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Health Unit confirms blue-green algae in Ramsey Lake

Blue-green algae, technically known as cyanobacteria, are microscopic organisms that are naturally present in lakes and streams. They are some of the oldest life on earth and are usually present in low numbers.
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Residents watch the Dragon Boat races on Ramsey Lake earlier this month. Blue-green algal blooms have been confirmed in Ramsey. The blooms have an unsightly pea soup appearance and foul smell, and can produce toxins. File photo.
Blue-green algae, technically known as cyanobacteria, are microscopic organisms that are naturally present in lakes and streams. They are some of the oldest life on earth and are usually present in low numbers.

Blue-green algae can rapidly increase in warm, undisturbed surface water that receives a lot of sunlight. When this occurs, they can form blooms that discolour the water or produce floating rafts of scum on the surface of the water. Blue-green algae can be harmful to health in high quantities.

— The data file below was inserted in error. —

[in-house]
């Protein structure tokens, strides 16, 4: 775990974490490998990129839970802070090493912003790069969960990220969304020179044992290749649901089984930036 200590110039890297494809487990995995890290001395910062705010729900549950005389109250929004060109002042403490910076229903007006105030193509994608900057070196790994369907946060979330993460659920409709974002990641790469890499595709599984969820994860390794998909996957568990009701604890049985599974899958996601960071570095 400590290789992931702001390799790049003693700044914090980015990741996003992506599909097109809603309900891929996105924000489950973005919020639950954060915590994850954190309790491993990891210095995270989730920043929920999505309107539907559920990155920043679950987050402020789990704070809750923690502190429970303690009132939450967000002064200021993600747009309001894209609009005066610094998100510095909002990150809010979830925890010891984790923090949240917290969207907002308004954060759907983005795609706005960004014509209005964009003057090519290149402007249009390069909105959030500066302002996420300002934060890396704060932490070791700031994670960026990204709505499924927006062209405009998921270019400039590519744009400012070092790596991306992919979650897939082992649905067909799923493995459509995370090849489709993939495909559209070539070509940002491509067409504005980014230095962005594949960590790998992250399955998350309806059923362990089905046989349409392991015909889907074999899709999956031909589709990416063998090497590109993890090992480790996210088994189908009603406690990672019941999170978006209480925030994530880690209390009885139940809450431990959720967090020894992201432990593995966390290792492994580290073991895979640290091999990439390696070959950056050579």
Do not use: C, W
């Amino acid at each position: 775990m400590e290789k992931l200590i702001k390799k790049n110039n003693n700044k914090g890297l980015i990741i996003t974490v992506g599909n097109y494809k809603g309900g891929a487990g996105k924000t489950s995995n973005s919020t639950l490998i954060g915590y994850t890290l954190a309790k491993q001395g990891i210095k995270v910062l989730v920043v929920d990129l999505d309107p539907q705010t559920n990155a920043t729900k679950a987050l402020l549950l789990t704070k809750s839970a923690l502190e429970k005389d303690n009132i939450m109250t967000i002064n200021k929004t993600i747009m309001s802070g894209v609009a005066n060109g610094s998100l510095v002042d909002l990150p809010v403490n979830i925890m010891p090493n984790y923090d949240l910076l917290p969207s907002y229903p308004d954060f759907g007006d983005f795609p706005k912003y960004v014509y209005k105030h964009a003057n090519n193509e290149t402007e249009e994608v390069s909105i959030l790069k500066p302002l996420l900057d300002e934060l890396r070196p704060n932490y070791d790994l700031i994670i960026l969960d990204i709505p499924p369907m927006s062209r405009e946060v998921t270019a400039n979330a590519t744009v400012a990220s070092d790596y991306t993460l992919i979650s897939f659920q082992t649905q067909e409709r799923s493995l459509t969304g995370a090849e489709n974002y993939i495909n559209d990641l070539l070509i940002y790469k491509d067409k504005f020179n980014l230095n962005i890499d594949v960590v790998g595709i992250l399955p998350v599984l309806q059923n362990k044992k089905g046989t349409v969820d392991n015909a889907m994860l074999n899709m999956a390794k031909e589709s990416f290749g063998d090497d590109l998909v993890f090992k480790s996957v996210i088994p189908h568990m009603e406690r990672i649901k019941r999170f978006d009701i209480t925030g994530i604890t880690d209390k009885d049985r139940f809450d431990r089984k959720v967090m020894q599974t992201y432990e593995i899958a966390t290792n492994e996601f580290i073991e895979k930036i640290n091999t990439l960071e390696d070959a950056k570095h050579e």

At high enough levels, the algae toxins can irritate a person’s skin and, if ingested, cause diarrhea and vomiting. If a person ingests large amounts of toxin, they could suffer liver and nervous system damage.

The highest concentrations of toxins are usually found in blooms and scum on the shoreline. These dense accumulations pose the greatest potential risks to people and pets.

The health unit advises people a avoid using water from a blue-green algae bloom for drinking, bathing or showering.

Shallow drinking water intake pipes can pump in blue-green algae.

Boiling water with blue-green algae, or treating it with a disinfectant like bleach, only breaks open the algae cells and releases more toxins into the water.

Water filtration systems also may not protect against the toxins from the algae.

Residents should not eat the liver, kidneys, and other organs of fish caught in water with blue-green algae.

Blue-green algae was previously confirmed in Ramsey Lake in September of 2013.

For more information about blue-green algae, please visit the Health Unit’s website at www.sdhu.com or call 705.522.9200, ext. 398, or toll-free at 1.866.522.9200.


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